In the middle of the worst public health crisis of the last two decades, New Mexico has become one of the leading states in deaths caused by drug overdose in the United States.
According to the New Mexico’s Indicator-Based Information System (NM-IBIS), in 2015 New Mexico was ranked eighth highest in drug overdose related deaths.
In 2007, around 439 people in New Mexico died because of an overdose. In 2015, the number increased significantly to 493 deaths, the NM-IBIS data show.
A report from the National Center for Health Statistics states that around 66,000 people died in the U.S. in 2016 due to opioid overdoses, which include prescription pain relievers, heroin and synthetic opioids such as fentanyl. The Centers for Disease Control and Prevention estimates that the total “economic burden” of prescription opioid misuse alone in the United States is $78.5 billion a year, including the costs of healthcare, lost productivity, addiction treatment and criminal justice involvement. On Oct. 26, President Trump declared the opioid crisis a public health emergency.
According to the Centers for Disease Control and Prevention, doctors wrote about a quarter of a billion opioid prescriptions in 2013. Not all patients who received the prescriptions will misuse the drug, but people who use opioids can get addicted fairly easily.
Opioid addiction does not discriminate based on a person’s age or race. Anyone can get addicted to opioids. According to the NM-IBIS, the 24–64 age group had the most overdose-related deaths in New Mexico from 2011–2015.
During that same time period, the NM-IBIS data showed that more white males under the age of 24 died of an overdose-related death than ever before. More Hispanic males ages 25–64 died from an overdose than any other race in that age range. In the age group of 65 years and older, more black males died due to an overdose.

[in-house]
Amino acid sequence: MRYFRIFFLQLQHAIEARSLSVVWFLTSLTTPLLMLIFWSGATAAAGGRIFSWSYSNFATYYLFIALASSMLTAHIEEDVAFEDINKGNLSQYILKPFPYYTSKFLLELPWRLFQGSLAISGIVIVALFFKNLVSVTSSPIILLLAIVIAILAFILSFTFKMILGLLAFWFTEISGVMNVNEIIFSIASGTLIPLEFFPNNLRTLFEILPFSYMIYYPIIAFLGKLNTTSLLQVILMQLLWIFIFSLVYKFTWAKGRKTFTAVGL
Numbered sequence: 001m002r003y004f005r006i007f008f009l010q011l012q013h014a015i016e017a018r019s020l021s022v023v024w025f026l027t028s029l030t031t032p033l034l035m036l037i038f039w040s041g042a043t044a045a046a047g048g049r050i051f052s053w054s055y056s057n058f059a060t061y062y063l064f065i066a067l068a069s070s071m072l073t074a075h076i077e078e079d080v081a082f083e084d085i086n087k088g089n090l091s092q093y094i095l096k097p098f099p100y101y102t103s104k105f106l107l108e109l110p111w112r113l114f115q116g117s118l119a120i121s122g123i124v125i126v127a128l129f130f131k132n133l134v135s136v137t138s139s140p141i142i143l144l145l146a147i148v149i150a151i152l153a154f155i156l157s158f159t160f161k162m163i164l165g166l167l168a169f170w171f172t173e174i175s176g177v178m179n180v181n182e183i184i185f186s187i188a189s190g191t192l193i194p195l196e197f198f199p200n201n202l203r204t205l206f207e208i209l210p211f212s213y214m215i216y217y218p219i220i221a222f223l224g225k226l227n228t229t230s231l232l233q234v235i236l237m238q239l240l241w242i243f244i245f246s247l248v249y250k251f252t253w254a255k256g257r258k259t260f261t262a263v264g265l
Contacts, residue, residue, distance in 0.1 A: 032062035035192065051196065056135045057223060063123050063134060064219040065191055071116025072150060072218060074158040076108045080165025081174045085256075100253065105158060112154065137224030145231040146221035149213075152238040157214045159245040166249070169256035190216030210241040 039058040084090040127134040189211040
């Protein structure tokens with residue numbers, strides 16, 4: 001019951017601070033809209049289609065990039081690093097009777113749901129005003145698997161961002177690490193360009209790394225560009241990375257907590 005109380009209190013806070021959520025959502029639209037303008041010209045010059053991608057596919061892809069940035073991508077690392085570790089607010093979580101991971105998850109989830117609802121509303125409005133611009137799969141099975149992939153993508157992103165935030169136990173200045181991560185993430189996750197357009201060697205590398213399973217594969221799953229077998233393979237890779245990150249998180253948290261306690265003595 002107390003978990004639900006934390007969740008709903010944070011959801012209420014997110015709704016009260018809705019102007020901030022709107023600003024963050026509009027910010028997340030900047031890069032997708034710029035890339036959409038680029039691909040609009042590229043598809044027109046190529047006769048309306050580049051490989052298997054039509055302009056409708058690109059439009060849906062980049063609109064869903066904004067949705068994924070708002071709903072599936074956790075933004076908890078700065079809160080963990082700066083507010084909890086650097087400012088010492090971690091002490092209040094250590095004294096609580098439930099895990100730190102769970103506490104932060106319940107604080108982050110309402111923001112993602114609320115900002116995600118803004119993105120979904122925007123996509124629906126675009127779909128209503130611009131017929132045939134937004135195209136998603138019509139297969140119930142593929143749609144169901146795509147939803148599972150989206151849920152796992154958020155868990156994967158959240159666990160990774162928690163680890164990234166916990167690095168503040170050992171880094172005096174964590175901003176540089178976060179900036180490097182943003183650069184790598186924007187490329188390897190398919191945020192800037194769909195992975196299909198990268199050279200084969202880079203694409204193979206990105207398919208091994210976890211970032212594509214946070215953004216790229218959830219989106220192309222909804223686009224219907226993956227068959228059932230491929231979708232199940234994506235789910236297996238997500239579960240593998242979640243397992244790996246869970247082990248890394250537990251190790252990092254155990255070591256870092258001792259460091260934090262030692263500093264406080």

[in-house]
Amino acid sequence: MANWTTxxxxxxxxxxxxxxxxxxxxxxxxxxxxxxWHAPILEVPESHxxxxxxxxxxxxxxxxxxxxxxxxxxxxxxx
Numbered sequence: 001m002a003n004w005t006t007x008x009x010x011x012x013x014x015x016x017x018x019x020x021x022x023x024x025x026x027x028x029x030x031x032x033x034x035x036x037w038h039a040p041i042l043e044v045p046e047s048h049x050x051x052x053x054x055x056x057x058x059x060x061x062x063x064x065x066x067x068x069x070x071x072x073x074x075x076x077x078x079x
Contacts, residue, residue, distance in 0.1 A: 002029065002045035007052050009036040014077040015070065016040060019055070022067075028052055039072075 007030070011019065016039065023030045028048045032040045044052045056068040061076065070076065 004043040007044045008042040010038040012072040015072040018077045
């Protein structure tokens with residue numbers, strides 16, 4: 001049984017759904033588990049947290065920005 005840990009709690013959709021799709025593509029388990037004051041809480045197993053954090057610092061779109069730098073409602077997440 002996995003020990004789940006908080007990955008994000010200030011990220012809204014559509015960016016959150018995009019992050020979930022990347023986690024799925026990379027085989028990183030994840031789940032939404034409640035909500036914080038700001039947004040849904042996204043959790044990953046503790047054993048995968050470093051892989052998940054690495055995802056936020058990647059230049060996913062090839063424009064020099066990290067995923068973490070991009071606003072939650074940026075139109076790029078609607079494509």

Among black females under age 24, more died to drug overdose during that same 2011–2015 time period than ever before. More white females ages 25–64 died for the same reason. According to the data, white females age 65 years and older are more likely to die of an overdose than women of any other race in that same age category.
Many counties throughout the state of New Mexico suffer from an opioid epidemic. According to the County Health Rankings & Roadmaps, the five counties that have suffered the most from the epidemic are Bernalillo, Santa Fe, Dona Ana, Rio Arriba and Sandoval.
Because of the number of overdose deaths in the state, Gov. Susana Martinez signed House Bill 370, a law that requires every police officer in the state to carry Naloxone in their patrol cars.
Naloxone is a medication that has the potential to reverse the effects of an overdose. Naloxone also goes by the brand name Narcan.
In Las Cruces, police officers are still getting trained on how to use Naloxone, said Dan Trujillo, LCPD public relations officer. The department would have to cover the cost of Narcan using its own budget.
The cost for Narcan has significantly increased since many states are requiring their police officers to carry the medicine. Trujillo also explained that in smaller cities like Truth or Consequences, all police officers carry the overdose reversal drug, but in the Las Cruces area the firefighters are the ones who carry it. There is a reason for that: The fire department is usually first when it is a medical call and the police department is there just to make sure the scene is secure.
In Las Cruces, several billboards promoting the use of Naloxone can be seen in areas such as West Picacho and Amador. There are also advertisements on Roadrunner Transit buses. According to the Dose of Reality website, the advertisements are funded by the Substance Abuse and Mental Health Services Administrations (SAMHSA).
For a better understanding of Naloxone, listen to this interview with Dr. Maria Hines:
This story is part of the series titled The Opioid Epidemic in America. To read more stories in the series, click on the links below:
Collegiate athletes especially vulnerable to opioid addiction
A small town of 10,000 struggles with the opioid crisis
N.M. officials, activists, leaders unified to fight opioid addiction
Police, firefighters get certified to use Narcan